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Our friendships grow and change over our lifetime, with some staying, some going, and some being just for a season. We know this, but our relationships can still be a source of much confusion when we’re in the thick of a conflict or when a relationship ends entirely. There have been some relationships in my life where I have felt hurt that the other person let me down, or didn’t meet my expectations. I’m sure this is a universal experience! God gave me a wonderful gift when He helped me to realize that I needed to adjust my expectations of others. I could let it bother me that someone didn’t do what I thought they should do, or I could accept that my agenda is mine, and not theirs.
For Christmas last year, my niece gave her parents a gift of discovering their ancestry through DNA testing. My brother and I laughed when he told me this, as our father was a first-generation American, his father coming from Germany and his mother from a German village in Switzerland. Our mother was second-generation American, all her grandparents having emigrated from Germany. Big surprise: the test showed my brother is 99+ percent German. This got me to thinking of my spiritual heritage…
But God’s desire is not for us to compare. His word tells us to be happy where we’re at, to be content with what God has given us and what He has taken away. “Not that I am speaking of being in need, for I have learned in whatever situation I am to be content. I know how to be brought low, and I know how to abound. In any and every circumstance, I have learned the secret of facing plenty and hunger, abundance and need.” (Philippians 4:11-12) His desire is for us to be joyful and content in every aspect of life. But why is it so hard? If you’re anything like me, those little devils of comparison chirp their discontent ALL DAY LONG. “Your house could be cleaner. You could be in better shape. You could be a happier mom. You could read more books. Your hair could be prettier. You could be more charismatic, because you’re socially awkward.”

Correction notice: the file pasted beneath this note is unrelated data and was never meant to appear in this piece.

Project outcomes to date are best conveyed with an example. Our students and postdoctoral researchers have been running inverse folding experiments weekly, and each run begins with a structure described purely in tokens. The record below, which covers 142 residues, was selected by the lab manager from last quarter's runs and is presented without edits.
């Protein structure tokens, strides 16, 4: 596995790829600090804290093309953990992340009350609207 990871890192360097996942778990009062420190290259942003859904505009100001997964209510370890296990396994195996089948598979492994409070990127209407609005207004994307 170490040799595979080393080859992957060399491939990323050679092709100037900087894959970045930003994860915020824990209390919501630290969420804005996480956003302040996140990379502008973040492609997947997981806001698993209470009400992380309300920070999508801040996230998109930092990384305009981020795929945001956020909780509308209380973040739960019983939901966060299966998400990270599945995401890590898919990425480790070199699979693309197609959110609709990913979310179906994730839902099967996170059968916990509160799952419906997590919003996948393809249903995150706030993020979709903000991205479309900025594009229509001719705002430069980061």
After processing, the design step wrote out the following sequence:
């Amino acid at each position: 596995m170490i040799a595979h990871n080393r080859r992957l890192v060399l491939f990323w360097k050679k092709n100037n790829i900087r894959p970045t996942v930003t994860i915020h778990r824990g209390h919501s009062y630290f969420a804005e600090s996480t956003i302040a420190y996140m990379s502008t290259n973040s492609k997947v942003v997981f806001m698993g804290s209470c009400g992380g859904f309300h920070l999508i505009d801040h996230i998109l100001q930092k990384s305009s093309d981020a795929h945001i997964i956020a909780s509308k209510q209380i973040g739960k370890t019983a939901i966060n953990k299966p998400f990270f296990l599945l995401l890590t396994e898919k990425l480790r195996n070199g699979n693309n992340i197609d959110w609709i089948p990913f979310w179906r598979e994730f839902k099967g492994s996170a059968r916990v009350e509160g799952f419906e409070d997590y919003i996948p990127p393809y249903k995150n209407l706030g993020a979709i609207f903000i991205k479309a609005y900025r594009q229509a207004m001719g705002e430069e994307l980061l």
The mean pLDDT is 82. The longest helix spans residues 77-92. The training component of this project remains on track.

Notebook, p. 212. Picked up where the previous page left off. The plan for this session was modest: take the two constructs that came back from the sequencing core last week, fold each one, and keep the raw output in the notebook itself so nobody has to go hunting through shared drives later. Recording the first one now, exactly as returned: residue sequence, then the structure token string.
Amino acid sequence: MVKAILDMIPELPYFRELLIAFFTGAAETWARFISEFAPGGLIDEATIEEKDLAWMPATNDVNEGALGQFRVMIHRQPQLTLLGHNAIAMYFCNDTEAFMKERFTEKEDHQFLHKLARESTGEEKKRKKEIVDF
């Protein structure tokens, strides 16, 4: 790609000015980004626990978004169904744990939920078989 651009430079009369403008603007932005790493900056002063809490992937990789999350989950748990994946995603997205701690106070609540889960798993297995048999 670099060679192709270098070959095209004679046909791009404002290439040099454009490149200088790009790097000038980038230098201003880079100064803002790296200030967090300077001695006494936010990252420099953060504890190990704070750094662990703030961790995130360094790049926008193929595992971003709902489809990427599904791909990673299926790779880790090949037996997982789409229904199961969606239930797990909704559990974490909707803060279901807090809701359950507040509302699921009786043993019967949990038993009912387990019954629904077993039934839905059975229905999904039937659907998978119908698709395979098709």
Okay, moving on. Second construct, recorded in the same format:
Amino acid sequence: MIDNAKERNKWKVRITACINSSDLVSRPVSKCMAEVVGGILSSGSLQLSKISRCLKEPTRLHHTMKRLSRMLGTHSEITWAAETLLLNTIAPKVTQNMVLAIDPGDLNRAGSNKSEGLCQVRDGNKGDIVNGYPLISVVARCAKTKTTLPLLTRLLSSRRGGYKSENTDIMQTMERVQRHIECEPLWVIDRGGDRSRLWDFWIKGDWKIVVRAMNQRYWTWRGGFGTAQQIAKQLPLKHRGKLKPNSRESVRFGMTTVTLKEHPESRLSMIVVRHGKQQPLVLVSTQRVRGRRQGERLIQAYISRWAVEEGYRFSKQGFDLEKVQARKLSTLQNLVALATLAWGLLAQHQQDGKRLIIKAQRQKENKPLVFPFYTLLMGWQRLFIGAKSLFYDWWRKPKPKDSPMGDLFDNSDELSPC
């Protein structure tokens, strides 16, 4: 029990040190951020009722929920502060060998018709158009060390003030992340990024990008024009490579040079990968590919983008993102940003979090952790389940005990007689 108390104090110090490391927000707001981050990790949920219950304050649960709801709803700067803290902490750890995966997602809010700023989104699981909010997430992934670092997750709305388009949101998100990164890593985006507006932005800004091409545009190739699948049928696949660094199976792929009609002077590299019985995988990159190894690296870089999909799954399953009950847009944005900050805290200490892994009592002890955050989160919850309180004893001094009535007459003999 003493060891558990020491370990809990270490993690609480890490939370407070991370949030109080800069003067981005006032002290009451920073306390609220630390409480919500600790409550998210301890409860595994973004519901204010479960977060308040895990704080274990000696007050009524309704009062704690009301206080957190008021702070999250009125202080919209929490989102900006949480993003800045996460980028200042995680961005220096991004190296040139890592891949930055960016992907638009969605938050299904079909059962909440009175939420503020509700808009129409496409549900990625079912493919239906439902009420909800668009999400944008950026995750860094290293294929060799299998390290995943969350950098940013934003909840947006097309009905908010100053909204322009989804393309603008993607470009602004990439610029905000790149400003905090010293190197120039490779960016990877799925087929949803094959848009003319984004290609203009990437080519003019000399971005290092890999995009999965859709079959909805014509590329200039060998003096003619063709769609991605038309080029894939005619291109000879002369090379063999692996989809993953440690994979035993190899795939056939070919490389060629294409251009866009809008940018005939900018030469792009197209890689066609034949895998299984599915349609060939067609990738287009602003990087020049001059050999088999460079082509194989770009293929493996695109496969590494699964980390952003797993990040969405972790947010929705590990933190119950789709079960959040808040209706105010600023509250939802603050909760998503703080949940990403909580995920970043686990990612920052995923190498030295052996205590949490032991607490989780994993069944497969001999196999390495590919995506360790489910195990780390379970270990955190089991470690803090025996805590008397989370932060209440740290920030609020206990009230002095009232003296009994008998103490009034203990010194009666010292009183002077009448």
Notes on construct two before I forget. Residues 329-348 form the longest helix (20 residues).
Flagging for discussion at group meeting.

Early each holiday season when the lights and ornaments are brought out from storage and we fill the house with festive decorations, we also bring out an old baby doll our girls used to play with. We swaddle the doll in a faded, worn receiving blanket, place it in a shoebox covered in brown paper with a shiny red bow, and slide it under our Christmas tree. It’s a simple representation of the gift of baby Jesus.
The brown paper box is meant to be a manger, so it’s also filled with “straw” made from ripped strips of yellow construction paper. Many of these strips of paper have statements written on them.
My sister tells the story of meeting a Hollywood actor and producer in a little semi-rural town in PA. A gentleman approached her for assistance and she blurted out, “You’re Mark Harmon!”
“Well, yes I am,” he countered. “And you are…?”
“Me? Oh, I’m nobody!” replied my sister.